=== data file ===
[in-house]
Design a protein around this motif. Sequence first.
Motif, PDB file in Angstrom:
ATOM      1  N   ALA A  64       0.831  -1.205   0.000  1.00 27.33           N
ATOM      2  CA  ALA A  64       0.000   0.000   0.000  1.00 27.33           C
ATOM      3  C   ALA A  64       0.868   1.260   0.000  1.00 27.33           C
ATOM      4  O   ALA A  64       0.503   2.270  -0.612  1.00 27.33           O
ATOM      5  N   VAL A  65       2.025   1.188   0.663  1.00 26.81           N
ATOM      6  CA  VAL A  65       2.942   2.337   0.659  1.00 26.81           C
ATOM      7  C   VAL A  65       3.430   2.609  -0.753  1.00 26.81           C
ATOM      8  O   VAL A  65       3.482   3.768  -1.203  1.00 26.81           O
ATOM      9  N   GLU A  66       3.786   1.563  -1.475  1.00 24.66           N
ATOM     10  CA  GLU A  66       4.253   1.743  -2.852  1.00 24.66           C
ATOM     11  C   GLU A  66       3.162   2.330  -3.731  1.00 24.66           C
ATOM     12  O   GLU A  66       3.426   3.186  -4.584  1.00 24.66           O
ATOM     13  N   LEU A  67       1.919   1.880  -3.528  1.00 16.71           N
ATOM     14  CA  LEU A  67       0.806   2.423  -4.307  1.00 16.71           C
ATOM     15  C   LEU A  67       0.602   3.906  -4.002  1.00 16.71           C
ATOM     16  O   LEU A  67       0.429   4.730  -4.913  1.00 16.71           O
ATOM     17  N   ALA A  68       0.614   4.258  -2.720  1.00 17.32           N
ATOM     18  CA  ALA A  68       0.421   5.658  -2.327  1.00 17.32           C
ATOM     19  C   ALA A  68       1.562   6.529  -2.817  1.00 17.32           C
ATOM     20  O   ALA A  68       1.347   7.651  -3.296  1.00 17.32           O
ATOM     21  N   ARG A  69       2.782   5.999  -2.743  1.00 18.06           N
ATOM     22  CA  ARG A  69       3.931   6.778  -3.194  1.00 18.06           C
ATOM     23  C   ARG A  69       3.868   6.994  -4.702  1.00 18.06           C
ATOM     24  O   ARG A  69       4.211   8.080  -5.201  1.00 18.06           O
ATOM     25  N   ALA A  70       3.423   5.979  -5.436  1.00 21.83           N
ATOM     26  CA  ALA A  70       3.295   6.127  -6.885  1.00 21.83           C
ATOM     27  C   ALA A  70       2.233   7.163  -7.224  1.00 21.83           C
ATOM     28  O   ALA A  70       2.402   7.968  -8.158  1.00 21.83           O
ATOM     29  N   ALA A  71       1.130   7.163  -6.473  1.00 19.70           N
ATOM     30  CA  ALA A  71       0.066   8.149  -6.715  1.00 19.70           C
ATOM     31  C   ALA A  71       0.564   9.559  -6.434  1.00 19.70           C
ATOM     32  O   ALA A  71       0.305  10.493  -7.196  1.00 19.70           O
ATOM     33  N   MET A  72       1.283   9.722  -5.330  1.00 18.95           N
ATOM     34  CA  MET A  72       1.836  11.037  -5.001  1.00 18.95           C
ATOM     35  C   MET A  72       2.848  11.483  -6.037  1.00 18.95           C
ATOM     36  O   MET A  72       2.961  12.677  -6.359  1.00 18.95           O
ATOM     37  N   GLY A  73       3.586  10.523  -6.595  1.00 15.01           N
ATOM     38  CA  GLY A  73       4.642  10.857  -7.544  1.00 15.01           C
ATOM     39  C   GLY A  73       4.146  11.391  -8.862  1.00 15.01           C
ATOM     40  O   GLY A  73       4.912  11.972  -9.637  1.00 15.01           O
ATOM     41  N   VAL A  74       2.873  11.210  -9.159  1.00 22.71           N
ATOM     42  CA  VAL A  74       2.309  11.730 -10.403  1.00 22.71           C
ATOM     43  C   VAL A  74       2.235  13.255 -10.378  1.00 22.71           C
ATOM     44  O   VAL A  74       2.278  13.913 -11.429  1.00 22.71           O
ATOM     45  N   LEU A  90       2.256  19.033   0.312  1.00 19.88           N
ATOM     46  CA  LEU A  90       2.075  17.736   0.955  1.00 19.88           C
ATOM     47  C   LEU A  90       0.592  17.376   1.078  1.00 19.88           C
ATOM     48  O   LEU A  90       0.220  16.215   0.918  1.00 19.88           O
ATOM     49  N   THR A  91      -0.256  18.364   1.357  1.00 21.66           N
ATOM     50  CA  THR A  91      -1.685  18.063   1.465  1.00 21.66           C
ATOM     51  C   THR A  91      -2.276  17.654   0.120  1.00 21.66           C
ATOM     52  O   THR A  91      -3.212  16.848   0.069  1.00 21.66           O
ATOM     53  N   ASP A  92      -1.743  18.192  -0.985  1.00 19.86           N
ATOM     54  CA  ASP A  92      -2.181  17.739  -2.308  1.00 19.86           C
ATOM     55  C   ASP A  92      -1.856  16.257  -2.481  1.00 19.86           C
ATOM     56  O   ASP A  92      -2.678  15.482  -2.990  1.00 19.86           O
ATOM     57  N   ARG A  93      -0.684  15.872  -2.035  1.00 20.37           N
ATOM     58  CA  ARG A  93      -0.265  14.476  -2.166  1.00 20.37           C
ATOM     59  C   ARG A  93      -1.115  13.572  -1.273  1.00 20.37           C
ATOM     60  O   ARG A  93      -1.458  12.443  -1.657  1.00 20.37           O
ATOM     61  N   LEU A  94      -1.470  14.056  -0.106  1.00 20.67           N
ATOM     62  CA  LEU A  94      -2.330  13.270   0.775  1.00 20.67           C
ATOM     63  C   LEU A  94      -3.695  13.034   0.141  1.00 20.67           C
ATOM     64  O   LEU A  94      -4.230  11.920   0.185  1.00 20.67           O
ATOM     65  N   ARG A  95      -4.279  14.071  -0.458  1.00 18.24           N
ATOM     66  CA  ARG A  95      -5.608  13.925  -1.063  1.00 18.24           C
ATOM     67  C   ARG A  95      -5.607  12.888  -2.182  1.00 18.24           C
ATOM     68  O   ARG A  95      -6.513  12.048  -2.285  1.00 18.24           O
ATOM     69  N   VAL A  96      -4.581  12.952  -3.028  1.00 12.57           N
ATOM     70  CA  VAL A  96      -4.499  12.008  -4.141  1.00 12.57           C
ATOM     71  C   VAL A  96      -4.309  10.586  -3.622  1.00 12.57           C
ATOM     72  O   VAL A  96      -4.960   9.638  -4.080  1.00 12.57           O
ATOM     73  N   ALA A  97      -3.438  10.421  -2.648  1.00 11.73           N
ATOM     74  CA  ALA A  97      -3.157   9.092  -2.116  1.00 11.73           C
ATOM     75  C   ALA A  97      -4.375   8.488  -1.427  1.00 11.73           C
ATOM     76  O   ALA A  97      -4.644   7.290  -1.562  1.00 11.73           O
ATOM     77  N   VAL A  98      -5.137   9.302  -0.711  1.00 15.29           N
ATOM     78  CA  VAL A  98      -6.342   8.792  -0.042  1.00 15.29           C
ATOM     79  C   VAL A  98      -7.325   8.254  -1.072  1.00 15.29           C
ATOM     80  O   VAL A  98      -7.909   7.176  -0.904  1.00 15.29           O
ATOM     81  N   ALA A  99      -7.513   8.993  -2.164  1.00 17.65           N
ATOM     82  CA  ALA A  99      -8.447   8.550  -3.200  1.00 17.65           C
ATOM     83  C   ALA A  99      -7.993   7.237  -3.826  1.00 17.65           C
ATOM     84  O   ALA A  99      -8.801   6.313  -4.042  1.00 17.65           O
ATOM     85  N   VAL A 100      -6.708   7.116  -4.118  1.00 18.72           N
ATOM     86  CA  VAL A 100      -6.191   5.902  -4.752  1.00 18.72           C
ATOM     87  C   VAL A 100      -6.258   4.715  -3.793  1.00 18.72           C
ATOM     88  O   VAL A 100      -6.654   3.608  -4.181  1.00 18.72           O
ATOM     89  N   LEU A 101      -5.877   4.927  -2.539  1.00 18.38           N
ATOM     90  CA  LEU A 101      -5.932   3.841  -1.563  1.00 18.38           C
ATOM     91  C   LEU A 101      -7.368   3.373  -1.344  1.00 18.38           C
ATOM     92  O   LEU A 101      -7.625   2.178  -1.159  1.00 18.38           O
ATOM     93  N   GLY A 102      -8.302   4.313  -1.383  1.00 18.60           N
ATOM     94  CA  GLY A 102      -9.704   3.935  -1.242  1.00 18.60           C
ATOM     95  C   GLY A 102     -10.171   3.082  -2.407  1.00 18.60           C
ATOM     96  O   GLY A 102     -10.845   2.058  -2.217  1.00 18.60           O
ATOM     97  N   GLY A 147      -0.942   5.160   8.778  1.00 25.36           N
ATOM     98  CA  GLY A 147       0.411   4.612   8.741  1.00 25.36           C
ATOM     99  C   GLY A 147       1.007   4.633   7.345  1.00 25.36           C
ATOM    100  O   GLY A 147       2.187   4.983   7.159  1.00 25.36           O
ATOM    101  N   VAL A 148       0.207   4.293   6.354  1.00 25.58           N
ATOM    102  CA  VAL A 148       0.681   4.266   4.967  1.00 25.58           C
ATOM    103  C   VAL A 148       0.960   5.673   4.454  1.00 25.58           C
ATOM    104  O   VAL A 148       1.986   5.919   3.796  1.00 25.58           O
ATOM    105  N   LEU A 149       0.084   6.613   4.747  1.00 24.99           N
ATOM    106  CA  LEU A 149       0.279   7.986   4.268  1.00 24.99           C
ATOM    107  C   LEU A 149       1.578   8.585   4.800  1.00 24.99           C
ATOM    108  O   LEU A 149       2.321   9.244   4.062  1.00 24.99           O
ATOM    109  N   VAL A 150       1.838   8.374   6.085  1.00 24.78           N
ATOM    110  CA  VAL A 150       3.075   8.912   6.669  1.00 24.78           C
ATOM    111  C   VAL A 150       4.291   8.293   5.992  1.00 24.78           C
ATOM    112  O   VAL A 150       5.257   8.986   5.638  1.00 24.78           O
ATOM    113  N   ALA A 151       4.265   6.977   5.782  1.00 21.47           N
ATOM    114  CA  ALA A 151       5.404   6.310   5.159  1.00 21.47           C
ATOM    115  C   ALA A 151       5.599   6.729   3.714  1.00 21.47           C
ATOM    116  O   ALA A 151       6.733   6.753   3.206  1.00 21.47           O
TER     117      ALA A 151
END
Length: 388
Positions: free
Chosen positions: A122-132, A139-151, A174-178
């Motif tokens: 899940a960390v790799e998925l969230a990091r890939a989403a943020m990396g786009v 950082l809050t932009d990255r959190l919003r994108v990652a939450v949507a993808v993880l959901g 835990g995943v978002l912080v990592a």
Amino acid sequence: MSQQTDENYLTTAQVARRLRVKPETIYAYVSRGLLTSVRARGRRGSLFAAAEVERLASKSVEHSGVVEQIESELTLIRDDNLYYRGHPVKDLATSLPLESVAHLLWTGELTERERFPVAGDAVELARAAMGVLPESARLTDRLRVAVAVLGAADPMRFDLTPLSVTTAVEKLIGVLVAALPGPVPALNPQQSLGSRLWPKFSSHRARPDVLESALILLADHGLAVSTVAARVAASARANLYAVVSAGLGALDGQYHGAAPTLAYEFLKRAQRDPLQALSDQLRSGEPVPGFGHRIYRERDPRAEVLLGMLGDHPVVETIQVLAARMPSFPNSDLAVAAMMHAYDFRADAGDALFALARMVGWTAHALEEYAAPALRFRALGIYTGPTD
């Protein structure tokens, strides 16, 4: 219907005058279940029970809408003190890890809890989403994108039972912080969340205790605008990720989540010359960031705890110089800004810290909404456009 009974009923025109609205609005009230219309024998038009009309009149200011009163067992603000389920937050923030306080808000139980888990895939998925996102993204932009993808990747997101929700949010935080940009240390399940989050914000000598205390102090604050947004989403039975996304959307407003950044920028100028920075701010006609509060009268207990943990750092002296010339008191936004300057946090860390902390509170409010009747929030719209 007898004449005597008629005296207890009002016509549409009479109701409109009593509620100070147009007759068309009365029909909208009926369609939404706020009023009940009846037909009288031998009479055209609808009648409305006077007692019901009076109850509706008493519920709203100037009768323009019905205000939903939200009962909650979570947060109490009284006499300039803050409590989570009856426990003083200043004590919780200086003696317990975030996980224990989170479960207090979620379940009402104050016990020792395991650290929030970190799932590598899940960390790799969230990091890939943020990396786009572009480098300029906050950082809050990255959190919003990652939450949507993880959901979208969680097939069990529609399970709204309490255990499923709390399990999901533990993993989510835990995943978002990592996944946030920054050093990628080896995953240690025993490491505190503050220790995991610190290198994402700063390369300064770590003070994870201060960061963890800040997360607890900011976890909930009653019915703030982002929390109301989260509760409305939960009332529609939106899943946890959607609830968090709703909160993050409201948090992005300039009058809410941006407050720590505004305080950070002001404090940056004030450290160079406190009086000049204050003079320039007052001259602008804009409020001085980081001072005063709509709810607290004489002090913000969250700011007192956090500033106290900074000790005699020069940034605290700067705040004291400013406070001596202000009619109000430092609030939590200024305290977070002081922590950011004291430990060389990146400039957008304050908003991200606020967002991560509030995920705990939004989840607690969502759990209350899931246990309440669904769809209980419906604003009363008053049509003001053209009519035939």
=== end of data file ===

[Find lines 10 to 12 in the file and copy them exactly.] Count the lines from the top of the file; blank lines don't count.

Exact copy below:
ATOM      7  C   VAL A  65       3.430   2.609  -0.753  1.00 26.81           C
ATOM      8  O   VAL A  65       3.482   3.768  -1.203  1.00 26.81           O
ATOM      9  N   GLU A  66       3.786   1.563  -1.475  1.00 24.66           N